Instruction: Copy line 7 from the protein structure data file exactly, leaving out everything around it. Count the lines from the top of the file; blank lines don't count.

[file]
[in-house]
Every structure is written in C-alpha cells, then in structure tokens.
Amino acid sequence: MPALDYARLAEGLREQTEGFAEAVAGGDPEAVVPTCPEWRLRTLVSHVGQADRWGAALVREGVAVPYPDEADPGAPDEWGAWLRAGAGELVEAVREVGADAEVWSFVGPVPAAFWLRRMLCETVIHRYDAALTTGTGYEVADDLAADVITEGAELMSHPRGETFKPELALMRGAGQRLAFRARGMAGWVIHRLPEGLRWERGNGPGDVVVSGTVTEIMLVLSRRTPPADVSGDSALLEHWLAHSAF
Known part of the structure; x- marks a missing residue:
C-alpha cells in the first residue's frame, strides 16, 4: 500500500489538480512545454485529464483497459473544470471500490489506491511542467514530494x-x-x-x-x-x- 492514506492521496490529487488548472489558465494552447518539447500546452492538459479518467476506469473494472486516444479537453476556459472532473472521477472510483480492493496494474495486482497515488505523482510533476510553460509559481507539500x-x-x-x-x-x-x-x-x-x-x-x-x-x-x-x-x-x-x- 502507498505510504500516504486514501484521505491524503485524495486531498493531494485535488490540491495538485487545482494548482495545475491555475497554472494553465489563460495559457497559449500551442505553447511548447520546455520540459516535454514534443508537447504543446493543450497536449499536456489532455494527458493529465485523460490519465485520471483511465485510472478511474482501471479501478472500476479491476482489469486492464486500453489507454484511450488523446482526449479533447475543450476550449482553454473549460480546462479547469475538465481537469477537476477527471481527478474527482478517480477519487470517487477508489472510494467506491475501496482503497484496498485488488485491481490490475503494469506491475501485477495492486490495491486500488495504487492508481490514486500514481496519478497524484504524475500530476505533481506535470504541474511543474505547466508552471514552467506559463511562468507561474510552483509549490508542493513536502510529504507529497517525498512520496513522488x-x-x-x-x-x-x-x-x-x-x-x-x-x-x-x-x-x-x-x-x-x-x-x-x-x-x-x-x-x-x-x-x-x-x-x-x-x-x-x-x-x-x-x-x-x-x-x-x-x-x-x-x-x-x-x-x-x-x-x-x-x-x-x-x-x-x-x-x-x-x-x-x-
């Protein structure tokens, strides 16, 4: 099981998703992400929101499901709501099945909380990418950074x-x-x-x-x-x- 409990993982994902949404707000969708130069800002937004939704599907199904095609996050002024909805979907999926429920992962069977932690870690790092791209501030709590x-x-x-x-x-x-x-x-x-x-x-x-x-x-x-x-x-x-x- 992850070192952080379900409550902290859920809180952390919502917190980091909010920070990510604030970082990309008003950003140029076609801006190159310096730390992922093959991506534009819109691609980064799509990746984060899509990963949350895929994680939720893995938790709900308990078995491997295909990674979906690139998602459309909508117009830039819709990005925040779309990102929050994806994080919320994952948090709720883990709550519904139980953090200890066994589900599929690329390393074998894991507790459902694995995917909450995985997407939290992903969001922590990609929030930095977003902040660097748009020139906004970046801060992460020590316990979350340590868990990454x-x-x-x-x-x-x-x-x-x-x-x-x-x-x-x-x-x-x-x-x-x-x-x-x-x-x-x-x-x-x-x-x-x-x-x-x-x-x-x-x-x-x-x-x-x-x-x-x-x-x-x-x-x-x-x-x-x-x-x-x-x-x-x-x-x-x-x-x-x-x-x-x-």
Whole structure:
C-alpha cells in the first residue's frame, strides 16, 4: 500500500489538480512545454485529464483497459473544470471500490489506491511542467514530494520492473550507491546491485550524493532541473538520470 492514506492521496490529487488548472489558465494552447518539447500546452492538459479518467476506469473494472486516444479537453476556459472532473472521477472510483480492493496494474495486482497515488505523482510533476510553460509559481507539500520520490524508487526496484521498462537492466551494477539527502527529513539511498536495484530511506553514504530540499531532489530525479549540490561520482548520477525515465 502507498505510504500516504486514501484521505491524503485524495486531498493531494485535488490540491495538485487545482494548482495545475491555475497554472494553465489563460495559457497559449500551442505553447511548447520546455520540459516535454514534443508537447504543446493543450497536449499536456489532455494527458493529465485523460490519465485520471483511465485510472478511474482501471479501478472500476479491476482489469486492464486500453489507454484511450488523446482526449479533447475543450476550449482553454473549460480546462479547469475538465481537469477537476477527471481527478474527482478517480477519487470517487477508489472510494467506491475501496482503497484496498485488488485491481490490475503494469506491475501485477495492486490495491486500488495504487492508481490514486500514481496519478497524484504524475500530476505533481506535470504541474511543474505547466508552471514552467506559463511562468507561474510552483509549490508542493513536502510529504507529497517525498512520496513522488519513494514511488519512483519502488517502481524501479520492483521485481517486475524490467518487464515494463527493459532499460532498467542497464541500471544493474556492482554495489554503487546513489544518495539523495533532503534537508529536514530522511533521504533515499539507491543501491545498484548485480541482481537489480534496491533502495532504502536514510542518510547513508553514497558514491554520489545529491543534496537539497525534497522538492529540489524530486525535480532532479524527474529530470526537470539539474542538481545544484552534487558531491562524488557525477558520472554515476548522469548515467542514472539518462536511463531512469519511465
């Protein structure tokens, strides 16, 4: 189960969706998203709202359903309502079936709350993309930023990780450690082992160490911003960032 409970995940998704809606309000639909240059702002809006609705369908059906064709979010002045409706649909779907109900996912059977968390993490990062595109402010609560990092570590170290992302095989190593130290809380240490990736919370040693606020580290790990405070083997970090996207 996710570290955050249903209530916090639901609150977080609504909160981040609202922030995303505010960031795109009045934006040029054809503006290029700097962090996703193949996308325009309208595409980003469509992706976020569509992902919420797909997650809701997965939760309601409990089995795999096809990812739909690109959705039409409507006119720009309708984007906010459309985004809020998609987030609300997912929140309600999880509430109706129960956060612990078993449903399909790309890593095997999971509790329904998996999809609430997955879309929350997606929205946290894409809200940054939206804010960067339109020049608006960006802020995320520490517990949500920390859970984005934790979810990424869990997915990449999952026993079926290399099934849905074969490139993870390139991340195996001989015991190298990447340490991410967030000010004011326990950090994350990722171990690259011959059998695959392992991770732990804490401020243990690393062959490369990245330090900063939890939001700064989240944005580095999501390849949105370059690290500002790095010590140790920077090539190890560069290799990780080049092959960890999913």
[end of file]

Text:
Whole structure: